Patriots and Young Harris draw


Tom Gillette (19) a junior from England has the ball in his possession and is pressed with the decision to keep it or pass it.

Armand Broady, Sports Editor

If you attended the Saturday, Sept. 6 soccer match between the Young Harris College Mountain Lions and the FMU’s Patriots men’s soccer team and saw the physicality and the emotion on Hartzler Field, you would be flabbergasted to discover that it was the first all-time meeting between the two Peach Belt Conference foes.

It was a match filled with controversial yellow cards, pushing, shoving, flopping and great intensity. After 90 minutes of regulation and two overtime sessions, the Lions and the Patriots battled to a 2-2 tie.

FMU Head Coach John Campbell spoke positively about his team’s effort against a regionally-ranked Young Harris team.

“We played a good 110 minutes,” Campbell said. “Our maturity is coming and we’re taking steps in the right direction.”

At the end of the night, the story of the match may have been the officiating.

The referees called a total of 39 fouls, nine yellow cards and one red card. Players from both teams showed frustration over many of the referees calls.

Campbell said that the officiating did cause some confusion for much of the match.

“I don’t think anyone knew what was a card and what wasn’t,” Campbell said. “But in situations like that, we have just got to control what we can handle.”

Junior forward/midfielder Cody Farrier gave FMU a quick 1-0 advantage in the fourth minute when he took a pass from freshman midfielder Pascal Magiera and chipped the ball over the outstretched arms of Young Harris senior goalkeeper Wezly Barnard.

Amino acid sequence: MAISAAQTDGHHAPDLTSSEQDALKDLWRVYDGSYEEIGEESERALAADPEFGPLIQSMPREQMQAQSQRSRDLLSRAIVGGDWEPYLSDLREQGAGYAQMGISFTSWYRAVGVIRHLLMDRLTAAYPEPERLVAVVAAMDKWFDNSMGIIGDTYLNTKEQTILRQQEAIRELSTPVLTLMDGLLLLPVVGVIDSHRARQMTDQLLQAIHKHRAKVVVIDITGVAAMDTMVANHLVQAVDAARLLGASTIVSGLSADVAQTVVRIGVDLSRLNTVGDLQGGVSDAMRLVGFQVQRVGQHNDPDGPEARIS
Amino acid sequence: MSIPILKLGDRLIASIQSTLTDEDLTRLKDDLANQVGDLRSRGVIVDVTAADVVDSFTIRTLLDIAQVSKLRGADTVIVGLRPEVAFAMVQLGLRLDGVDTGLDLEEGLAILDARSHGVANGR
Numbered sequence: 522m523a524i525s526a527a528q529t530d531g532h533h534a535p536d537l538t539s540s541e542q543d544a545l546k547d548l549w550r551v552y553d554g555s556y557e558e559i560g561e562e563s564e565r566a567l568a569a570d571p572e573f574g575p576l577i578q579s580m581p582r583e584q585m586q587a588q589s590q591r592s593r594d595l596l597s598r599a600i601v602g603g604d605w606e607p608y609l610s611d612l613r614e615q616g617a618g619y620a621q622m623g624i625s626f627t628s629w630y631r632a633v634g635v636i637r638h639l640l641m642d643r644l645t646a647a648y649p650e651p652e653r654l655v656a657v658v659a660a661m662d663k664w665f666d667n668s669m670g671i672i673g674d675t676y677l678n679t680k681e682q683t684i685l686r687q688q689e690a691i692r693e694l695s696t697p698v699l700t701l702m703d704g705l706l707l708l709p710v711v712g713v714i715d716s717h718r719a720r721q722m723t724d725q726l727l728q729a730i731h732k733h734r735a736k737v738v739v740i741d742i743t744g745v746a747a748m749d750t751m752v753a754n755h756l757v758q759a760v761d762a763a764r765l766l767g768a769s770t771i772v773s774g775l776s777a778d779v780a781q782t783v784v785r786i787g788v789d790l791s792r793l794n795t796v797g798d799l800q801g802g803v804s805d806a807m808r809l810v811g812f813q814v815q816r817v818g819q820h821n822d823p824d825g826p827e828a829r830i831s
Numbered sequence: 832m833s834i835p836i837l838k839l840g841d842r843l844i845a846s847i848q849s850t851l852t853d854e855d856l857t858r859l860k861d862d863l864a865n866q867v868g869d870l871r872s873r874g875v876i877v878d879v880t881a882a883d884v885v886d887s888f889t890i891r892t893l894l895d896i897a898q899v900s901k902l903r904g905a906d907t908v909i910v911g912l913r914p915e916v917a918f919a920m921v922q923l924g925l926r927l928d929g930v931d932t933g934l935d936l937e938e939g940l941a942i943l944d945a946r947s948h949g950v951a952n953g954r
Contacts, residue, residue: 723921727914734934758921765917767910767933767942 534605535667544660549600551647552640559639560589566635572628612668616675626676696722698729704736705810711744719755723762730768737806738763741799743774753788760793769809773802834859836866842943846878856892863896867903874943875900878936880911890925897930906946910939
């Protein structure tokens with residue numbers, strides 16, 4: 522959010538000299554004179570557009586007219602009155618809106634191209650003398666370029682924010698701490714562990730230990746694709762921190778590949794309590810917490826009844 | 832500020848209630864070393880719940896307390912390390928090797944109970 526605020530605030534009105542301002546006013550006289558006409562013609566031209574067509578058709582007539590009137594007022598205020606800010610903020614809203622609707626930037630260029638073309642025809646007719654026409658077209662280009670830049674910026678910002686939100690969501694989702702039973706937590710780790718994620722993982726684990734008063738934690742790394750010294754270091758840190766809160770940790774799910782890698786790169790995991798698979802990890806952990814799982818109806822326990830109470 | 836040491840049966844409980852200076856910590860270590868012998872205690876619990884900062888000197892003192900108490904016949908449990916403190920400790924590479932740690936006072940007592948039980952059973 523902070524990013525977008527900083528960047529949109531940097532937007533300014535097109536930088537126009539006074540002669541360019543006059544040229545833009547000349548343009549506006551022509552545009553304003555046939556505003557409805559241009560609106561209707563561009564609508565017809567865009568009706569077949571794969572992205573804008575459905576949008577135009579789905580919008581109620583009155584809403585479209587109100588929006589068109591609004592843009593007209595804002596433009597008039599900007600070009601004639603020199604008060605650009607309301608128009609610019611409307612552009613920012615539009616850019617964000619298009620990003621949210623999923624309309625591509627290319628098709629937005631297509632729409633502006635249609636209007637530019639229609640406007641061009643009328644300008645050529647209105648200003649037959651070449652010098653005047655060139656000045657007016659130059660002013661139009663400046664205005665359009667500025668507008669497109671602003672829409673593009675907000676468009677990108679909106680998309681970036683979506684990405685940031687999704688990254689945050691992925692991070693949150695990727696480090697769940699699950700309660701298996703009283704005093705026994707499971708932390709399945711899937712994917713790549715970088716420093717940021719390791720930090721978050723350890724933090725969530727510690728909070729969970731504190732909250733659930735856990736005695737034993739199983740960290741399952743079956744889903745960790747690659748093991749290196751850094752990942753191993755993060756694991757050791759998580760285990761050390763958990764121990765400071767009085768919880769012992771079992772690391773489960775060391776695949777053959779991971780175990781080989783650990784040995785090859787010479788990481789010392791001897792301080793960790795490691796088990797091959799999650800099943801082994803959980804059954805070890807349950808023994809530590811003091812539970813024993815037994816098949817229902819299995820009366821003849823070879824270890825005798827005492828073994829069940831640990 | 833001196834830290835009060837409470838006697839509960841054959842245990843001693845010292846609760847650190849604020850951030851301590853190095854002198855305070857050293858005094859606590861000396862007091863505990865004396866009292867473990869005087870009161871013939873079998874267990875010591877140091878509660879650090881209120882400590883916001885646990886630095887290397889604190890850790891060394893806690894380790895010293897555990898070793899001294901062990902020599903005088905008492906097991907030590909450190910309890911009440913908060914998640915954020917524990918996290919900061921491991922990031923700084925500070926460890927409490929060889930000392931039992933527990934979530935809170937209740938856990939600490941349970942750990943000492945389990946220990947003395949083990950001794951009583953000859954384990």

The Mountain Lions scored the next pair of goals in the first half to take a 2-1 advantage. Senior defenseman Ashley Walker assisted freshman defenseman Jonas Sturesson, who scored on a 12-yard shot to the right post at the 19:43 mark.

About 16 minutes later, freshman midfielder William Schonfeldt scored a tap-in goal at 35:28 to put Young Harris on top.

But it wouldn’t take the Patriots long to respond. Just 2:19 later, FMU tied the match at 2 thanks to a header by six-foot, five-inch junior defenseman Simon Nett after junior midfielder Henrique Guitti served the ball into the box.

The second half and the two overtimes were full of breathtaking moments but no goals.

In the 79th minute, Farrier came close to sneaking one past Barnard, but couldn’t pull through with the goal.

Four minutes later, Young Harris junior midfielder and leading scorer Niall McCabe tried to elude FMU sophomore goalkeeper Logan Fisher in the left side of the box, but his shot went just outside the right post, to the delight of a breathless FMU crowd.

But the crowd was really sent into frenzy four minutes later when McCabe was ejected from the match after receiving his second yellow card, the latter card for time wasting.

The Patriots played the rest of the match with a man advantage.

Campbell said that when McCabe was ejected, Young Harris really stepped up their play.

“Young Harris became more defensive during the man advantage,” he said. “Sometimes a man down doesn’t make a huge difference.”

Each team recorded one shot in each of the overtime periods. FMU’s best opportunity came with 1:18 remaining when junior forward Alex Blandin obtained possession in the defensive half of the field, dribbled 50 yards downfield and outraced the Young Harris defenders. Unfortunately for the Patriots, his attempt would sail just a little high.

Young Harris freshman midfielder Kyle Ball registered the only shot-on-goal in overtime with 14 seconds remaining, but Fisher came up with the save.

Campbell had positive things to say about Fisher who, in only his second career start, compiled eight saves, while Barnard had four stops for the Lions.

The Mountain Lions led in shots 22-13 and held an 11-4 advantage in corner kicks.

After the draw, it became quite clear that FMU may have found a new rival in Young Harris College.